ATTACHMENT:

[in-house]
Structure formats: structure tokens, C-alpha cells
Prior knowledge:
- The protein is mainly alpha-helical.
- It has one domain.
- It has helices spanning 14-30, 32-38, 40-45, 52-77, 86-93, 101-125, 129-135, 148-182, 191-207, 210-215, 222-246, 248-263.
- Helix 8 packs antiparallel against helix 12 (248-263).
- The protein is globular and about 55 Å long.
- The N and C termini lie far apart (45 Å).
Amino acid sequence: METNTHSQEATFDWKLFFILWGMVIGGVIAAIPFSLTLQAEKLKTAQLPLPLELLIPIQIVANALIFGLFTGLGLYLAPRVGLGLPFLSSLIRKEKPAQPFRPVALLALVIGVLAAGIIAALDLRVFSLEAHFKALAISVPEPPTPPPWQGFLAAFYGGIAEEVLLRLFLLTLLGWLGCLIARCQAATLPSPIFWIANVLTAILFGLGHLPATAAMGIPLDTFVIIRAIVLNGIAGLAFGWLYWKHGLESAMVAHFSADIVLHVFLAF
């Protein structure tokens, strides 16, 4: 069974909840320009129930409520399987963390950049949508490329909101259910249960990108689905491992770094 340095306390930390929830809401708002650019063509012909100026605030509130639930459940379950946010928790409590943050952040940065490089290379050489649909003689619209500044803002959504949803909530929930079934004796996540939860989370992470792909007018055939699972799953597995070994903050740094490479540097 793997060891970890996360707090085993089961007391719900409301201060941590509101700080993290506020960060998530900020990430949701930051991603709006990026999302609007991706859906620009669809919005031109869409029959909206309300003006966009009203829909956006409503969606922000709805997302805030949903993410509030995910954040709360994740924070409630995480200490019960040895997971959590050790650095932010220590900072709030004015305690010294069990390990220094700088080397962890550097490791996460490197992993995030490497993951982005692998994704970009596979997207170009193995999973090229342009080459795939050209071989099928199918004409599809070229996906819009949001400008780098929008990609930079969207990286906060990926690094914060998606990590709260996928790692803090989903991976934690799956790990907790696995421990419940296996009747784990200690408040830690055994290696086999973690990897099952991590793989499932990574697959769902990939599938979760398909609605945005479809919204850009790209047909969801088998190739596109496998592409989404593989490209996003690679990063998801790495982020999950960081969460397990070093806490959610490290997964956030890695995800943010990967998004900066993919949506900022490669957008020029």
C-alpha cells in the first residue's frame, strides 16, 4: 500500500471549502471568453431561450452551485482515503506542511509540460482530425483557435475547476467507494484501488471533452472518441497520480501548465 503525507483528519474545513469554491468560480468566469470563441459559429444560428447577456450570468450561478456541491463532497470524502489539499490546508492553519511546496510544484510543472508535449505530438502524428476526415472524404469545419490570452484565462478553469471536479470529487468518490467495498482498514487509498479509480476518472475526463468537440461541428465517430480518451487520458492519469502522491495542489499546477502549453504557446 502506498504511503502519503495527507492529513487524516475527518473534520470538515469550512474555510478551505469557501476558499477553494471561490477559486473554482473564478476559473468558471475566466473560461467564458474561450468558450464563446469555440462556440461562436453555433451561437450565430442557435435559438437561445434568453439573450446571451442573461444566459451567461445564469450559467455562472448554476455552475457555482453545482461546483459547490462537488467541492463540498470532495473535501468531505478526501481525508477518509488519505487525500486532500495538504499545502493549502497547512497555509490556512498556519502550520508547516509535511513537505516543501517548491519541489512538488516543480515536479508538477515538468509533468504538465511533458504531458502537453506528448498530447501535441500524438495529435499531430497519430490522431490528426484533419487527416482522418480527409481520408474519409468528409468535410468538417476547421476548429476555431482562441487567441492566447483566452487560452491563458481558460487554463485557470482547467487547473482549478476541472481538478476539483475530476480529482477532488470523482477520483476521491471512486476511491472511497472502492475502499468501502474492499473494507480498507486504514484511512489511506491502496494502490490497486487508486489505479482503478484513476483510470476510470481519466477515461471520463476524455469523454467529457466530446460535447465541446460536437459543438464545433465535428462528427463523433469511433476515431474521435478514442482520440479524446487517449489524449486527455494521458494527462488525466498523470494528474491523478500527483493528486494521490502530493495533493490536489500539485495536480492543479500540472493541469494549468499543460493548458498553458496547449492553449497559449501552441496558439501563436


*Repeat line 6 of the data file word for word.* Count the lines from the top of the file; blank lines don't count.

- It has helices spanning 14-30, 32-38, 40-45, 52-77, 86-93, 101-125, 129-135, 148-182, 191-207, 210-215, 222-246, 248-263.